With the quality of smartphone cameras improving dramatically in recent years, haven't they threatened your existence?
We have seen a big impact on sales for entry-level cameras priced up to Rs 15,000-- smartphones have mostly replaced these. The rise of smartphones have reduced the size of the camera market in India to 700,000 units, from over two million (a year) only five years ago. The entry-level compact cameras used to generate some 70 per cent of total revenues, which has come down to 20 per cent. However, the industry has not suffered due to higher per unit realisation from DSLR cameras.
What is the counter-strategy? How does Nikon plan to survive?
Selfie-clicking is very high among Indians. We appreciate this. Smartphones have encouraged people to click photos and get into the habit of it. But, images captured by smartphones cannot match DSLR in quality. To get a fulfilling experience, consumers eventually have to try cameras and cannot remain dependent on their smartphones. So, as people crave for better quality in their pictures, they are going for DSLR, which is driving sales. We have set up 120 Nikon Experience zones across cities and towns and plan to take this number to 140 this year.
What is the most interesting trend you observe in India?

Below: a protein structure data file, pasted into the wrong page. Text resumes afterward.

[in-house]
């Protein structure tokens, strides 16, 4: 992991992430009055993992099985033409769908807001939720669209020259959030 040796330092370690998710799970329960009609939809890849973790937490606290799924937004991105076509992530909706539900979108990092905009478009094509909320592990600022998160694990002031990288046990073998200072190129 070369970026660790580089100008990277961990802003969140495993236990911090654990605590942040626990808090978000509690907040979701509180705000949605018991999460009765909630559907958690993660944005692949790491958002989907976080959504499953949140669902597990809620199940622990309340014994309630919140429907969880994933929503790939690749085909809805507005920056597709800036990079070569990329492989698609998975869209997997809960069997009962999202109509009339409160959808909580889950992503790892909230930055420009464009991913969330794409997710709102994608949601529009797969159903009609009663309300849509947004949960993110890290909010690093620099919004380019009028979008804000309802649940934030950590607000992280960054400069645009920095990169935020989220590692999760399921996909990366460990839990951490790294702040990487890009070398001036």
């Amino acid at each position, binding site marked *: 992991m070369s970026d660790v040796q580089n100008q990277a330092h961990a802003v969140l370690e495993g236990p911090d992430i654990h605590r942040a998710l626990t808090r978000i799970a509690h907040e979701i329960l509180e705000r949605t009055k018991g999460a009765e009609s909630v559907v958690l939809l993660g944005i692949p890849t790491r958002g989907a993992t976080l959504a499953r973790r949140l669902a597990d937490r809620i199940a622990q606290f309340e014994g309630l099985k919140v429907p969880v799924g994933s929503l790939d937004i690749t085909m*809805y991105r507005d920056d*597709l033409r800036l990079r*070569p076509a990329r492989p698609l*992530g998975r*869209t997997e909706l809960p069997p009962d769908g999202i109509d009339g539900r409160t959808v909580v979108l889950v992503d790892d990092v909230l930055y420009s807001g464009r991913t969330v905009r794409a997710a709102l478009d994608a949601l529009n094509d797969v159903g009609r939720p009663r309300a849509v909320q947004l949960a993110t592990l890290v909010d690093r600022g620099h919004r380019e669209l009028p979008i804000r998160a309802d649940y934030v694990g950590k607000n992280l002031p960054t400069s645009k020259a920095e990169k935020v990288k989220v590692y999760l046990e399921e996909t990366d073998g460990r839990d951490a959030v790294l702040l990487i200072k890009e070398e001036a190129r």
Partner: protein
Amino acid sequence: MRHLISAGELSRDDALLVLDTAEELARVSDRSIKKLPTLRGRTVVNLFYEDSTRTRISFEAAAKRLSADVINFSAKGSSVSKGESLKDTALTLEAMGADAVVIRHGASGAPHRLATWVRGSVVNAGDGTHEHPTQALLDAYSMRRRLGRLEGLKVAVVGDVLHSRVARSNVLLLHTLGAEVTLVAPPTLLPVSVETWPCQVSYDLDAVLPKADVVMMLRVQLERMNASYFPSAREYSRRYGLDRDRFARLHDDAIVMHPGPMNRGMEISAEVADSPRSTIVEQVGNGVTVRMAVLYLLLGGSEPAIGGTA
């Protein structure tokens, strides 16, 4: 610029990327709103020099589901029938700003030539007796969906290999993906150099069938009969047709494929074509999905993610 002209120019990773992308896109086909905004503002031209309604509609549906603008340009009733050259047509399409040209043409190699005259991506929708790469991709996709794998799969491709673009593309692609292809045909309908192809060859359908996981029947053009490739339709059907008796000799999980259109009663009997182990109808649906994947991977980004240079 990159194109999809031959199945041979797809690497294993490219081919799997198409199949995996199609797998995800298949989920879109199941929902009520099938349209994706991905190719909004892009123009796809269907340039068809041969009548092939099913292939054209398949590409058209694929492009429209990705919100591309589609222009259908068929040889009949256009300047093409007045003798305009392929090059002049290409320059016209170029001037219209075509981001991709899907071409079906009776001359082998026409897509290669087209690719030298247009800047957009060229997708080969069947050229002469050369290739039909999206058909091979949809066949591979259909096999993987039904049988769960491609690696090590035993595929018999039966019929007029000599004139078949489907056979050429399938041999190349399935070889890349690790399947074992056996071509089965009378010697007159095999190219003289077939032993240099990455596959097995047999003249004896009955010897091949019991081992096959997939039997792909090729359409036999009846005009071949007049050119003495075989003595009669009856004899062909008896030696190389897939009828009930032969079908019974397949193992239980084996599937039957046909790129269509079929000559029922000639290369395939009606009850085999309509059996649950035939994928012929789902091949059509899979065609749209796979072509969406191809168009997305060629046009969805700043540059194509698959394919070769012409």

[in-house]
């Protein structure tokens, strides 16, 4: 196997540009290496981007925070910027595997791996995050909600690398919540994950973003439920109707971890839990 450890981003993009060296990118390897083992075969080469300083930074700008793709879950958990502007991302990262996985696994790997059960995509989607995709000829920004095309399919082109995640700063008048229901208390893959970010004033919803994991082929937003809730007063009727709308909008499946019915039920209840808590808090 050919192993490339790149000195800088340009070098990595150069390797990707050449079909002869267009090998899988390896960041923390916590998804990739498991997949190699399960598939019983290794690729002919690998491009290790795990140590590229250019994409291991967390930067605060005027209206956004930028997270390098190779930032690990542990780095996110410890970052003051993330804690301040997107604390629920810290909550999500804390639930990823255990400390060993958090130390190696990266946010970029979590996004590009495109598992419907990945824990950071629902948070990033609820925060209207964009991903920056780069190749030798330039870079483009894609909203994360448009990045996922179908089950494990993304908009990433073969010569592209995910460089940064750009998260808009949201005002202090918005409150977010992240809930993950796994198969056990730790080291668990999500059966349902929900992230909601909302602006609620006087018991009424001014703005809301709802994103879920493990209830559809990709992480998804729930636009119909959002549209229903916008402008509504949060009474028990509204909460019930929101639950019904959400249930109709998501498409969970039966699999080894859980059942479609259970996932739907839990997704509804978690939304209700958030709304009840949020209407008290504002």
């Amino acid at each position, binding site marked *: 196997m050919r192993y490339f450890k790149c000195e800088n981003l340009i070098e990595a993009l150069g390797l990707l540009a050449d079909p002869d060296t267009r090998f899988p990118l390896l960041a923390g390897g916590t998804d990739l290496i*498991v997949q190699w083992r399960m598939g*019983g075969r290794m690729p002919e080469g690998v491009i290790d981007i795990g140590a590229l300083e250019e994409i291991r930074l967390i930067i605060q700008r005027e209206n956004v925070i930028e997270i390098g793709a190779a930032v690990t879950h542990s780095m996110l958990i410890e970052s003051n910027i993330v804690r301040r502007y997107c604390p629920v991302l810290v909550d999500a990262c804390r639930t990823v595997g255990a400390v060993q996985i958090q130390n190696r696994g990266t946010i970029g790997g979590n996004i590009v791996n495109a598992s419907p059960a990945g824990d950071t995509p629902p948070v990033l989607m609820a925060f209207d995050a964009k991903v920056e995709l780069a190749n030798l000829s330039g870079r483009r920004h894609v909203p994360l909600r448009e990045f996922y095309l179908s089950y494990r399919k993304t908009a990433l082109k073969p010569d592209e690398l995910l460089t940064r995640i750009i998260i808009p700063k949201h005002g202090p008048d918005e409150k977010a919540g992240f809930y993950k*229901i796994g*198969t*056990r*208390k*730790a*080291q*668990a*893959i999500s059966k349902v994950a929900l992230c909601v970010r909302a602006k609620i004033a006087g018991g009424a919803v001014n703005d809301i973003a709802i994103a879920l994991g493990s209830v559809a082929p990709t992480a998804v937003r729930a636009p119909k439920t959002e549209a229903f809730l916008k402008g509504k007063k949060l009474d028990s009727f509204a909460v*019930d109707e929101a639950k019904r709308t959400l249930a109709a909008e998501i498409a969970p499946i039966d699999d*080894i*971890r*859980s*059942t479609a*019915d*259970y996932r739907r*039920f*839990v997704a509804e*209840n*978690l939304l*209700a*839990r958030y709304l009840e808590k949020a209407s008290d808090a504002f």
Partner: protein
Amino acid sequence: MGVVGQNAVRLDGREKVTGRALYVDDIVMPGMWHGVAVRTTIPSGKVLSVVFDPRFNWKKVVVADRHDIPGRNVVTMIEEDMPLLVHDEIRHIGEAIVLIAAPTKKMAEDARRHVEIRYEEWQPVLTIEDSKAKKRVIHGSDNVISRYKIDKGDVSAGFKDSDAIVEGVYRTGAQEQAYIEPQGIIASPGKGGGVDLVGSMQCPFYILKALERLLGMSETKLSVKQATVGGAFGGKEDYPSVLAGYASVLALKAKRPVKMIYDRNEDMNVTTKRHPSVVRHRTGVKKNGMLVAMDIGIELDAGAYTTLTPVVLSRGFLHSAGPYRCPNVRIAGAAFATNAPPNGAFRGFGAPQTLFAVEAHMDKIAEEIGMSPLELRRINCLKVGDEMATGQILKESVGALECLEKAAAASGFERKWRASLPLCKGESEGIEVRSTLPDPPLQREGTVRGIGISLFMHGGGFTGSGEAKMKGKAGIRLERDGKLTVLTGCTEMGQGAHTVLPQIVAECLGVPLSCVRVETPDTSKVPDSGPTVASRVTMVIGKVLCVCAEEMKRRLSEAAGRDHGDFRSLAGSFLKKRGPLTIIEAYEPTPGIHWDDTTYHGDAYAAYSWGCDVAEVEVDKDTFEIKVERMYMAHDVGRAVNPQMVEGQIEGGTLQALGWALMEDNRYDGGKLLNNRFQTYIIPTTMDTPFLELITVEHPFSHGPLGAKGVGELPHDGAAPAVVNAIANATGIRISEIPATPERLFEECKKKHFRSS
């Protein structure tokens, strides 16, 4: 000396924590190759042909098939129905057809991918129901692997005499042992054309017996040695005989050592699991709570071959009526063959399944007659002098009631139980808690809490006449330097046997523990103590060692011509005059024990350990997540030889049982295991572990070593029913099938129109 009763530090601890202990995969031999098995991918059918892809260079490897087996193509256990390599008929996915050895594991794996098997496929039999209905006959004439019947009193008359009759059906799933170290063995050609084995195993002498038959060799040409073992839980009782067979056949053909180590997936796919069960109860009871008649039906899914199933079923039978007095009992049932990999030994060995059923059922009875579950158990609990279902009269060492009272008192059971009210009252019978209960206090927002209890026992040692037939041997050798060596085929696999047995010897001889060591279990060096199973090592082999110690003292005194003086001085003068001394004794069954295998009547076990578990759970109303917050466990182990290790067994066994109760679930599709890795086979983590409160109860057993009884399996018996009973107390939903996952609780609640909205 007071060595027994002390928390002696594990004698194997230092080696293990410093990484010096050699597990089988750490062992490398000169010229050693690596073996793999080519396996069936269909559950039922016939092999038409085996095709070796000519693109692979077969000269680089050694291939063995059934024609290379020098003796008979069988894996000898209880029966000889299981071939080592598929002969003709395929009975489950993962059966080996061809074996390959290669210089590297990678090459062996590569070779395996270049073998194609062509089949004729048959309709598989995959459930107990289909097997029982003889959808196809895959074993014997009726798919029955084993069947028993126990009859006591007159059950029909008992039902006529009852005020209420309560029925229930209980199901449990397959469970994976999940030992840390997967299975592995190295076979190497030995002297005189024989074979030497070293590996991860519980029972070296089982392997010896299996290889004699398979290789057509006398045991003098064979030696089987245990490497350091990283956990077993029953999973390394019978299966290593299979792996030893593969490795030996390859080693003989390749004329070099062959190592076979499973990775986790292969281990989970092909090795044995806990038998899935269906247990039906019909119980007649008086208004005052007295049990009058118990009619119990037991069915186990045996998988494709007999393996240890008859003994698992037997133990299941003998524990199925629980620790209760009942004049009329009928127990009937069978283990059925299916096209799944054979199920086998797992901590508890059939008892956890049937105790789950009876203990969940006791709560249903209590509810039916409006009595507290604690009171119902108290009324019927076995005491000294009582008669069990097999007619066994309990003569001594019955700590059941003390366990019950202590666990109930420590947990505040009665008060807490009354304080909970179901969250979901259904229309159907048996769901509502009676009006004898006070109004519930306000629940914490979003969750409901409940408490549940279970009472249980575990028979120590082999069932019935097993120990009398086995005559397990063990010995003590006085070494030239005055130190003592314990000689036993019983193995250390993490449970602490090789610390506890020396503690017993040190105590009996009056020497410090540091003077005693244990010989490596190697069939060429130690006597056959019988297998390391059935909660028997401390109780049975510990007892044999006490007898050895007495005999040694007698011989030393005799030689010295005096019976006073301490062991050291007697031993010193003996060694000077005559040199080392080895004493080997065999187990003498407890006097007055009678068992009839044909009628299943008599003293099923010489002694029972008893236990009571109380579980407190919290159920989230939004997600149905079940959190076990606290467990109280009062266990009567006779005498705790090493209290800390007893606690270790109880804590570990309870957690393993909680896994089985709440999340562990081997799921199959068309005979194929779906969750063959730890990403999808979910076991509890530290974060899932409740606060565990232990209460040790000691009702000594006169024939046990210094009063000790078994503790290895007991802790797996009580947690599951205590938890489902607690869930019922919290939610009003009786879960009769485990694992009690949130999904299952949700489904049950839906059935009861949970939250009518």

Indian consumers are very fond of uploading pictures. Almost everyone here has a Facebook account, unlike many other big markets. So, we are providing the option of uploading pictures directly from our cameras. People's love for social media like Facebook or Instagram is driving sale of cameras in India. We have conducted photo contests globally and observed the participation ratio in India is much higher as compared to most countries. We have an application for smartphones and the number of downloads by consumers from India is only next to the US and Japan.
Sales of smartphones are driven even by their cameras. Why isn't Nikon making smartphone cameras?
One of our key visions is to differentiate our products, still being followed even after 100 years of our journey. Our competency has always been superior optical technology. It is hard to differentiate between one smartphone and another, despite so many brands in the market. While in many of the larger markets for cameras like the US and Europe, growth has come down, India continues to grow fast. So, we want to keep our focus on cameras.
When could we expect Nikon to start local manufacturing?
The market here is too small to start a manufacturing unit. While the annual camera market in Japan is about five million units, India is yet to reach the one-million mark. We can look at starting production here once the market touches five million units a year.